He had just played 39 minutes and experienced the toughest loss of his life, and Brandon Rush did what he always does afterward. He stood up and answered every question without pointing a finger of blame.
Rush is an impressive young man in a lot of ways.
If he could just go to his left.
If he could do that, Kansas University would have a player who could get a shot off any time the team needed one. He's not there yet, as evidenced by K-State limiting Rush to eight field-goal attempts in a 59-55 shocker of a comeback victory over KU on Saturday afternoon in Allen Fieldhouse.
"They were really overemphasizing jumping on my right hand," Rush said. "They were trying to force me to go left. Kentucky tried it, but I was still able to get around it. I can go both ways, but I like going to my right hand. My left is a little weak."
After suffering a broken left arm at the age of 10, Rush had surgery, but it never fully healed, isn't quite as developed as his right arm and even hangs a little awkwardly. Rush has been able to cross over to his left hand, bait the defender to follow, than go back to his right. Big-time athletics is nothing if not a series of adjustments, and K-State came prepared to keep from taking the bait. The Wildcats stayed on his right hand, limited him to 12 points and caused him to commit five turnovers.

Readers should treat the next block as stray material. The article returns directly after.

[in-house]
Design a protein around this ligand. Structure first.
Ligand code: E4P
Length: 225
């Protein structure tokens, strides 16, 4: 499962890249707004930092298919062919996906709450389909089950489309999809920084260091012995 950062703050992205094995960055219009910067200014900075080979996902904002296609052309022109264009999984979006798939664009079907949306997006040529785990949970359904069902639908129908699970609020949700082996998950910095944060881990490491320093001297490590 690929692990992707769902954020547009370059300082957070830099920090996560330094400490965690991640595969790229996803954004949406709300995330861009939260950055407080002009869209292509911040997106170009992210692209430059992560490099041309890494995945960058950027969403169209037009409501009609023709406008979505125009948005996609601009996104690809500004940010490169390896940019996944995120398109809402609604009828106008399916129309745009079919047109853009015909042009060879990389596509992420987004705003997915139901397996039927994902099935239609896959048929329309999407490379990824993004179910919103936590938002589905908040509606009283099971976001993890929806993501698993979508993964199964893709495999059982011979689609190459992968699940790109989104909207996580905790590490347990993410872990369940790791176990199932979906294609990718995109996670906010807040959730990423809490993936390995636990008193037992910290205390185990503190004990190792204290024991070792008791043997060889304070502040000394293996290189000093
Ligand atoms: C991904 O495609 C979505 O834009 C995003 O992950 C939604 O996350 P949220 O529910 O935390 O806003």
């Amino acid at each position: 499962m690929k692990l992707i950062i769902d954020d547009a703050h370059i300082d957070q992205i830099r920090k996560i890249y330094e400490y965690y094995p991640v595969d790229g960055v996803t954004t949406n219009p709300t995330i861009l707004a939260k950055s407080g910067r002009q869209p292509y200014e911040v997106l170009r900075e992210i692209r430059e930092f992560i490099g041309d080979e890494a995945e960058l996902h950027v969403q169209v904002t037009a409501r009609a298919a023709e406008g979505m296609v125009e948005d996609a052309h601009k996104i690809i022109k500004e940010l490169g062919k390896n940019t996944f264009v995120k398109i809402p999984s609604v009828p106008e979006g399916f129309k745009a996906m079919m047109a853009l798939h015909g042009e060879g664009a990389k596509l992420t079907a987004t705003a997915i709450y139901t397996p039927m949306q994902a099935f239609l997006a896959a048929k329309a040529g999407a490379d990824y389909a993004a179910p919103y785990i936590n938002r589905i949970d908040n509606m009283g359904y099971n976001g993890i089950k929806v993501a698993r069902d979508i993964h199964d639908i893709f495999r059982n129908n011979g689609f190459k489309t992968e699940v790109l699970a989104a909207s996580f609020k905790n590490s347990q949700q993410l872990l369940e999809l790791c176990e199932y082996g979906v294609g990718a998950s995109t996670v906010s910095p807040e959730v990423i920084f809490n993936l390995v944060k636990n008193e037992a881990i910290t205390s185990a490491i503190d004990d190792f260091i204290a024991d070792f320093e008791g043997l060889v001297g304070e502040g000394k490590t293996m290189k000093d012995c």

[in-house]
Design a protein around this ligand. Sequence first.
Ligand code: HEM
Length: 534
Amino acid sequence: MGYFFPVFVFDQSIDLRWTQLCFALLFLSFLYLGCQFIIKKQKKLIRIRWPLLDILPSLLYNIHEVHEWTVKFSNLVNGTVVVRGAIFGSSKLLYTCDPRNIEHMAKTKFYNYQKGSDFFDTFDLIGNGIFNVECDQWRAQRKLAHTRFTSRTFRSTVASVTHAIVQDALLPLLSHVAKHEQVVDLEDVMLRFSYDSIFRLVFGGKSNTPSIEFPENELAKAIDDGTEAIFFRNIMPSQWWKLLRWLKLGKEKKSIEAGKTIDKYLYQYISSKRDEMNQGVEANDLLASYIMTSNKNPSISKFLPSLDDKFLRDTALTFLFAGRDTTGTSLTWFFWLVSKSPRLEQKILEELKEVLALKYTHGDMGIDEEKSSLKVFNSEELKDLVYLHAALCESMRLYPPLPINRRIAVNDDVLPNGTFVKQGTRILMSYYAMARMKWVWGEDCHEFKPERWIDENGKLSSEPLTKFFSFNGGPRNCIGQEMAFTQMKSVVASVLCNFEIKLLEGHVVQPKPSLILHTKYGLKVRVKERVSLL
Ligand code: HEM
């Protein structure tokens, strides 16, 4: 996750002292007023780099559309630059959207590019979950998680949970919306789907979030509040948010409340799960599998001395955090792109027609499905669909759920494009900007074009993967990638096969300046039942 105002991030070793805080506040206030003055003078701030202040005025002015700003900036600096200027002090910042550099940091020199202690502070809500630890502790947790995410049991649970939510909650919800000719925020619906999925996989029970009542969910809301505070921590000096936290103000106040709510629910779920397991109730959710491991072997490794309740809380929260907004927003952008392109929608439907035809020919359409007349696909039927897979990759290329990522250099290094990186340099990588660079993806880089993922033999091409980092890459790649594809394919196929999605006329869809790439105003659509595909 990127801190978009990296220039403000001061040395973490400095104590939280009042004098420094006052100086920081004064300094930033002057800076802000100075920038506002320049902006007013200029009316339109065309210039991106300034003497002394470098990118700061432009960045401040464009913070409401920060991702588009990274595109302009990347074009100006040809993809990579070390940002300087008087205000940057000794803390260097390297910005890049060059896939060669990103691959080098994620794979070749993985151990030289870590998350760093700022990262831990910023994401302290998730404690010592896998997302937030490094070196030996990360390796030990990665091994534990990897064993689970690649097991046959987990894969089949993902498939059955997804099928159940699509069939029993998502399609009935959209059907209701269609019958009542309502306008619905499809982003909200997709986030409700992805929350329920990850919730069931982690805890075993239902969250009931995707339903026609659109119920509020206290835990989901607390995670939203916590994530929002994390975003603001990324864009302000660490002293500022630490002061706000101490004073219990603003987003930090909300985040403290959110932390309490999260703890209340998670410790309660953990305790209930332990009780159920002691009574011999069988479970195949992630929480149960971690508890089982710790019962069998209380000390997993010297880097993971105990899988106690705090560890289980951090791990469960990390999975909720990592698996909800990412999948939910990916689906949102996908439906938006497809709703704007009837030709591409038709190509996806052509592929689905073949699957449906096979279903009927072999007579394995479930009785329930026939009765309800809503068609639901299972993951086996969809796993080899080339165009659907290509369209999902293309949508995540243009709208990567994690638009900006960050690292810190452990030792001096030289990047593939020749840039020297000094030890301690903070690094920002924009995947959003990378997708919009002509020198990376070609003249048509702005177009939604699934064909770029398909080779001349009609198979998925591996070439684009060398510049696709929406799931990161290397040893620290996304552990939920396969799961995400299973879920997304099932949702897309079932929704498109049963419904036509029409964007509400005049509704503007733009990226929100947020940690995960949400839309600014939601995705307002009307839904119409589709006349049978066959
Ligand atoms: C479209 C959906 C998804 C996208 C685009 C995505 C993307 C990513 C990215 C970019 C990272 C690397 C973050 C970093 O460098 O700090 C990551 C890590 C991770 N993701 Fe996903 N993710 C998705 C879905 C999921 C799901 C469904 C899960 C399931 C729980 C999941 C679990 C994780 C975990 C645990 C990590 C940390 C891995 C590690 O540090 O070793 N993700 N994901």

"Brandon works on his left, and once he gets that he's going to be an unstoppable player," said Mario Chalmers, who led KU with 20 points in a season-high 34 minutes.
As Chalmers dominated defensively with steals and deflections and contributed 11 first-half points, it was easy to relish how far the team had come since losses to Arizona, Arkansas, Nevada and Saint Joseph's.
And then the Jayhawks regressed and managed but two field goals, including a Rush jumper with 50 seconds left, in the final 10 minutes against a spread-out 2-3 zone. Just as was the case against Arkansas, Nevada and St. Joe's, KU failed to get easy shots in the final possessions.
"We still don't have a guy we consider to be a go-to guy, and that's going to make it tough," KU coach Bill Self said. "We've got to be a team that's balanced, but it sure would be nice if we knew who to try to get stuff for from a daily standpoint, as opposed to maybe who has a hot hand that particular moment."
What's keeping Rush from being that guy?
"He's young and just is trying to figure it out," Self said. ": I probably played Brandon too many minutes, and that may have contributed to him not being as effective. He said he wasn't tired, but certainly we've got to do a better job of getting guys in there and hopefully put them in a position where they can knock down a shot and give us a boost."
This is still a team that will need a healthy Micah Downs to play and perform far better than he did with an injured hand at Colorado, where he committed four turnovers in seven minutes.
Even once that happens, KU will be a team that thrills with defensive pressure and fast-break offense and struggles to put points on the board for long stretches. Translation: a talented, young team that gets a lot better, then a little worse, then a lot better again.